The 373-room Hotel Russell is massive by London standards, and its grand Victorian architecture complements the hotel's scale. Rooms blend contemporary style with period detail, but don't quite live up to the expectation set by the common spaces; some are tiny and have old tube TVs. The hotel appeals mostly to couples and business travelers, with its historic character and numerous event spaces, and the location in central Bloomsbury is excellent. But it's also worth considering the nearby, and comparably priced, Ambassadors Bloomsbury.
With its sculpted ceilings, grand archways, giant marble columns, intricate mosaic tiling and looming crystal chandeliers, Hotel Russell is ornately styled and packed with beautiful Victorian features.
The grand decor is certainly not subtle: The tri-colored marble in the lobby and patterned carpet on the stairs may feel a bit overwhelming to some. And though the hotel's blend of traditional and modern styles is mostly successful, the strange pop music playing during our visit seemed ill-suited to the setting.
The modern glass reception desk is tucked neatly to the side of the lobby, and its dark wood surface helps it to blend in with the more classic surroundings. The glass motif is repeated in some bedrooms, where oak and patterned glass headboards stand out as a unique feature. Overall, though, the rooms are decidedly less impressive than the common spaces.
A two-minute walk from Russell Square tube station, in the heart of Bloomsbury
The local neighborhood of Bloomsbury, which stretches from Euston Road at its north border to Holborn at its southern border, is most famed for its strong literary heritage: The Bloomsbury Group, active throughout the 20th century, was an intellectuals’ collective that included notable members such as Virginia Woolf, and together promoted modern attitudes toward feminism, pacifism, the nature of consciousness, and sexuality. Other notable residents of the area included Sir Arthur Conan Doyle, Charles Darwin, Charles Dickens, Bob Marley, and William Butler Yeats. Bloomsbury also houses a lovely array of garden squares, as well as the simultaneously fantastic and odious British Museum, where you can view centuries’ worth of relics from all over the globe -- collected primarily as a result of British colonialism.
Stroll through the area now, and you will notice a vague mixture of academics, doctors, tourists, and businessmen -- a direct consequence of the central location, and the presence of nearby hospitals and esteemed academic institutions such as the London School of Economics. Bloomsbury also conveniently borders Covent Garden and Soho on the south, the West End shopping district on the west, great dining options in Clerkenwell on the east, and national and international rail connections via King’s Cross on the north.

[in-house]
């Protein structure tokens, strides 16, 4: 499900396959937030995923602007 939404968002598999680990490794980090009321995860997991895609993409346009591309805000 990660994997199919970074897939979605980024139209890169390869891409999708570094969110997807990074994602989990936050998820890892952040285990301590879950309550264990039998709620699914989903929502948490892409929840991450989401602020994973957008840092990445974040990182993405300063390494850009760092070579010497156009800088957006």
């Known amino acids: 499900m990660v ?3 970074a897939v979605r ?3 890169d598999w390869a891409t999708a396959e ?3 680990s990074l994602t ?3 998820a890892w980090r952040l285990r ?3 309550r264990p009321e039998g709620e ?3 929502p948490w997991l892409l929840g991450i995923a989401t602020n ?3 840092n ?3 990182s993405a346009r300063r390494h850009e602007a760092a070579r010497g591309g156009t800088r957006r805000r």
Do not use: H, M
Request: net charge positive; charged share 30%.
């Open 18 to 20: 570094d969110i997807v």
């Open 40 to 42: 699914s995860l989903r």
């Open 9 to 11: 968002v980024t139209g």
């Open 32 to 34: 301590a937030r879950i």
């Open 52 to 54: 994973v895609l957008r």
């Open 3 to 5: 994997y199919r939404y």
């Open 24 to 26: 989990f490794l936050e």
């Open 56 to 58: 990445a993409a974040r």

8-minute walk to the British Museum
15-minute walk to Covent Garden
9-minute bus ride to Tottenham Court Road station and Soho
9-minute tube ride to Piccadilly Circus station, Piccadilly Circus and theatre district
11-minute tube ride to Green Park station, including Mayfair, and Buckingham Palace
13-minute tube ride to Hyde Park Corner station and Hyde Park
14-minute tube ride to Knightsbridge station and shopping district including Harrods
14-minute tube ride to Bond Street Station and West End shopping districts including Selfridge’s
16-minute tube ride to Embankment station, including Trafalgar Square, and the South Bank
21-minute tube ride to Notting Hill Gate station, Notting Hill, and Portobello Market
21-minute tube ride to Westminster station, Westminster Abbey, Big Ben, Houses of Parliament, and scenic walks along the Thames
Tempus Restaurant serves modern European cuisine in a classic period setting. Ornate brass chandeliers, giant marble columns, and beautiful sculpted ceilings are impressive. The restaurant was orinigally called Fitzroy Doll's, named after the architect who designed the dining room, as well as the nearly-identical dining room of the RMS Titanic.
Tempus Bar provides a stately setting to enjoy your favorite cocktail, with oak-paneled walls, traditional leather seating -- just ignore the tacky green-and-rose carpeting.
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